Asteroid Florence buzzes Earth, brings two moons along for the ride

4.5km rock is the largest object we've seen up close, albeit still 7,000,000km away


Be glad that the asteroid dubbed “Florence” won't revisit Earth for many, many years: observations during its weekend fly-by revealed that the space-rock is so big it's captured two moons.

Sky-watchers have been waiting for Florence (officially 3122 Florence) for some time: it was first spotted in 1981 by astronomer Schelte Bus using Australia's Siding Spring observatory and named after the nurse Florence Nightingale. The asteroid is big and bright enough that even though it missed us by several million kilometres over the weekend, backyard astronomers geared up to photograph it.

At around 4.5km in size, NASA explained last week, Florence is the largest object to pass this close since the agency began its work detecting and tracking near-Earth asteroids.

And it's also got a high albedo, with Sky & Telescope saying it reflects around 20 per cent of the sunlight that strikes it.

To track the flyby, NASA used the 70-metre antenna at its Goldstone Deep Space Communications Complex and found an unexpected pair of moons, both estimated to be between 100 and 300 metres across. That makes the asteroid just the third discovered to have a three-object system.

The inner moon's orbit is estimated at around eight hours, and between 22 and 27 hours for the outer moon.

NASA adds:

The radar images also provide our first close-up view of Florence itself. Although the asteroid is fairly round, it has a ridge along its equator, at least one large crater, two large flat regions, and numerous other small-scale topographic features. The images also confirm that Florence rotates once every 2.4 hours, a result that was determined previously from optical measurements of the asteroid’s brightness variations.

Further observations using Goldstone's Solar System Radar and the NSF Aricebo Observatory through September 8 will help estimate the asteroid's total mass and density, NASA says.

NASA reckons Florence won't come this close again until some time after 2500. ®

Similar topics


Other stories you might like

  • World’s smallest remote-controlled robots are smaller than a flea
    So small, you can't feel it crawl

    Video Robot boffins have revealed they've created a half-millimeter wide remote-controlled walking robot that resembles a crab, and hope it will one day perform tasks in tiny crevices.

    In a paper published in the journal Science Robotics , the boffins said they had in mind applications like minimally invasive surgery or manipulation of cells or tissue in biological research.

    With a round tick-like body and 10 protruding legs, the smaller-than-a-flea robot crab can bend, twist, crawl, walk, turn and even jump. The machines can move at an average speed of half their body length per second - a huge challenge at such a small scale, said the boffins.

    Continue reading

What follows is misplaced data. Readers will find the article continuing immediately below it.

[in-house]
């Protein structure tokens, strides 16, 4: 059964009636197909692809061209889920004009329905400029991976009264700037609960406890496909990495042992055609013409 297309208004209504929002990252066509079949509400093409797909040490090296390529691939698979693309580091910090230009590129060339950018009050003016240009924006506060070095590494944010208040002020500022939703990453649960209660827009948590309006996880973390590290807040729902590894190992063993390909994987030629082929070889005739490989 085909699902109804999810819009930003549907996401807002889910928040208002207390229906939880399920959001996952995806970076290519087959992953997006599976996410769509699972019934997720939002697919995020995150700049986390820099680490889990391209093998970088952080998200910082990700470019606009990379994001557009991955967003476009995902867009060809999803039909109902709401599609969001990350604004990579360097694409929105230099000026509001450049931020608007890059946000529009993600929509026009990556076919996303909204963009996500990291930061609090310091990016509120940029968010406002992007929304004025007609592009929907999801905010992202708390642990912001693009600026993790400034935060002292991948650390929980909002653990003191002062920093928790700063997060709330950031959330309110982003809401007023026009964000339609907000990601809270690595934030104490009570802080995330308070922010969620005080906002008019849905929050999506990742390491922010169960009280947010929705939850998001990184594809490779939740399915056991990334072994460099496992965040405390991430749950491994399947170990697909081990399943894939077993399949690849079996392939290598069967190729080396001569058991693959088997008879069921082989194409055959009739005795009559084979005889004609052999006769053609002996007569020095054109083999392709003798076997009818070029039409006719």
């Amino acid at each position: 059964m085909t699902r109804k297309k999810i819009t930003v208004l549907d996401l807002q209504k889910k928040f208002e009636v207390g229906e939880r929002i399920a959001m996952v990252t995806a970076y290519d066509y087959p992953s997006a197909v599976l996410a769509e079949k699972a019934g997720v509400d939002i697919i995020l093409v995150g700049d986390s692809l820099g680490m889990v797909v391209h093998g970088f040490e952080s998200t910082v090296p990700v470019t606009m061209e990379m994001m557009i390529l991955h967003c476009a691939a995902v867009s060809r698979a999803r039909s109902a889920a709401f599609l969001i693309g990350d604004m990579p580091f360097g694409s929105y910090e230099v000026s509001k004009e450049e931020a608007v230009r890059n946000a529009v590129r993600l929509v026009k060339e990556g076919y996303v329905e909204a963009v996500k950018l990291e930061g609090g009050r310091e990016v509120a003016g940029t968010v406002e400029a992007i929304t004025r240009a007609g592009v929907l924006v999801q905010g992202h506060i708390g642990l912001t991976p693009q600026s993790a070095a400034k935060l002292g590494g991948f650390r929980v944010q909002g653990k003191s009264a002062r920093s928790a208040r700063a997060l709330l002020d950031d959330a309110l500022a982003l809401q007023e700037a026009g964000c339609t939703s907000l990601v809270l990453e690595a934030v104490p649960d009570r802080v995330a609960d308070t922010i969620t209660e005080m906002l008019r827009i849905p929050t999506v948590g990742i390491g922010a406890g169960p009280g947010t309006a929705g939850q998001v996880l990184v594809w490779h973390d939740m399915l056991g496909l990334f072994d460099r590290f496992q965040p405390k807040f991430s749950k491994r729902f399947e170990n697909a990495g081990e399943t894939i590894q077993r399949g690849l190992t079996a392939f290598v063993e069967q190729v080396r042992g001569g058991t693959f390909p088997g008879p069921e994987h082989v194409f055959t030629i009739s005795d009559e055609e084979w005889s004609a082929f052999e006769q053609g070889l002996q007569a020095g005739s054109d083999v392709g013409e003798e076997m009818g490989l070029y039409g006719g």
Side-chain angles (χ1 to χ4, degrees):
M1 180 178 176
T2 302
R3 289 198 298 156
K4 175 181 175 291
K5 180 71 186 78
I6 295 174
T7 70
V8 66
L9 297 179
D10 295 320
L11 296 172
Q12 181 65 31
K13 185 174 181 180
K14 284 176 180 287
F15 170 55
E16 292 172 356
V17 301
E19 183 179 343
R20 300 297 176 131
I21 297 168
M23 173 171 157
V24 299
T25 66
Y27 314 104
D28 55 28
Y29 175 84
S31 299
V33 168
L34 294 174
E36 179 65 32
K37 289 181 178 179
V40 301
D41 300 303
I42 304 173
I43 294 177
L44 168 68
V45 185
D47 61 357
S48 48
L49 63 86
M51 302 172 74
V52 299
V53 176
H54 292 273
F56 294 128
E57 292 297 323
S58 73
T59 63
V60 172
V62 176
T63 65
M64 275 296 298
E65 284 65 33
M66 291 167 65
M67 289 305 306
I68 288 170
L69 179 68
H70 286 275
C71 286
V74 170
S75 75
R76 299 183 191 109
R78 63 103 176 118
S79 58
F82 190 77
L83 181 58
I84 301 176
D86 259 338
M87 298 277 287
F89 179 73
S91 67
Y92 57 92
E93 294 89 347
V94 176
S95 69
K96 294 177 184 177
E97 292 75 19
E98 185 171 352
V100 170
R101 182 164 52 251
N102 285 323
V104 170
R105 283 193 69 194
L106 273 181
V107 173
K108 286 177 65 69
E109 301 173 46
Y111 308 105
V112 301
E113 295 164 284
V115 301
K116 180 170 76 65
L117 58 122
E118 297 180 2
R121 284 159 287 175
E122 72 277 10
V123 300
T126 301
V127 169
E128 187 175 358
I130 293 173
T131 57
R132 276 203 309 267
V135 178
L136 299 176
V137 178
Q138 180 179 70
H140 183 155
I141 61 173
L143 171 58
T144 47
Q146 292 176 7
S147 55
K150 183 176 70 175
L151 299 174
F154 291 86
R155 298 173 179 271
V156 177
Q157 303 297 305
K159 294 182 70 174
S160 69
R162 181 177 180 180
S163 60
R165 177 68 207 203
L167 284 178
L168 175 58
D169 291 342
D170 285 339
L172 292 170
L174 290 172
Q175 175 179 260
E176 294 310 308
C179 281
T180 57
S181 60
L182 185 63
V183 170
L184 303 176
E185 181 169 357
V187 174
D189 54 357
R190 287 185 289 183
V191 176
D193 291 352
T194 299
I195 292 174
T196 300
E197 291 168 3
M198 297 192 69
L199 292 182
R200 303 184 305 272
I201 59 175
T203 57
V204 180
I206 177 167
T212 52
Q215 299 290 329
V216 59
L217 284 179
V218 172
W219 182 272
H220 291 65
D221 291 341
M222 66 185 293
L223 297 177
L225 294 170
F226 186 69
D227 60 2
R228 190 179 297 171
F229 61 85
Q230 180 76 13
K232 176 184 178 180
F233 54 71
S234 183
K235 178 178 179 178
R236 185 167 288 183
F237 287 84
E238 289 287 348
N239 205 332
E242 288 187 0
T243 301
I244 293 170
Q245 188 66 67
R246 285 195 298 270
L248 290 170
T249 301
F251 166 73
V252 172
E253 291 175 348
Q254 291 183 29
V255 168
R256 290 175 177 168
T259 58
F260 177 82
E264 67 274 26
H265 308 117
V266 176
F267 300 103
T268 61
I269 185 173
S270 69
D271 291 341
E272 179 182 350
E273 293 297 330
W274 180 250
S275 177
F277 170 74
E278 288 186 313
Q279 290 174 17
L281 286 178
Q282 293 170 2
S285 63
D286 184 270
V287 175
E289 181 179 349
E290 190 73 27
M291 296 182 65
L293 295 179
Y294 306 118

• IBM-powered Mayflower robo-ship once again tries to cross Atlantic
    Whaddayaknow? It's made it more than halfway to America

    The autonomous Mayflower ship is making another attempt at a transatlantic journey from the UK to the US, after engineers hauled the vessel to port and fixed a technical glitch. 

    Built by ProMare, a non-profit organization focused on marine research, and IBM, the Mayflower set sail on April 28, beginning its over 3,000-mile voyage across the Atlantic Ocean. But after less than two weeks, the crewless ship broke down and was brought back to port in Horta in the Azores, 850 miles off the coast of Portugal, for engineers to inspect.

    With no humans onboard, the Mayflower Autonomous Ship (MAS) can only rely on its numerous cameras, sensors, equipment controllers, and various bits of hardware running machine-learning algorithms to survive. The computer-vision software helps it navigate through choppy waters and avoid objects that may be in its path.

    Continue reading
  • Revealed: The semi-secret list of techs Beijing really really wishes it didn't have to import
    I think we can all agree that China is not alone in wishing it had an alternative to Microsoft Windows

    China has identified "chokepoints" that leave it dependent on foreign countries for key technologies, and the US-based Center for Security and Emerging Technology (CSET) claims to have translated and published key document that name the technologies about which Beijing is most worried.

    CSET considered 35 articles published in Science and Technology Daily from April until July 2018. Each story detailed a different “chokepoint” or tech import dependency that China faces. The pieces are complete with insights from Chinese academics, industry insiders and other experts.

    CSET said the items, which offer a rare admission of economic and technological vulnerability , have hitherto “largely unnoticed in the non-Chinese speaking world.”

    Continue reading

Biting the hand that feeds IT © 1998–2022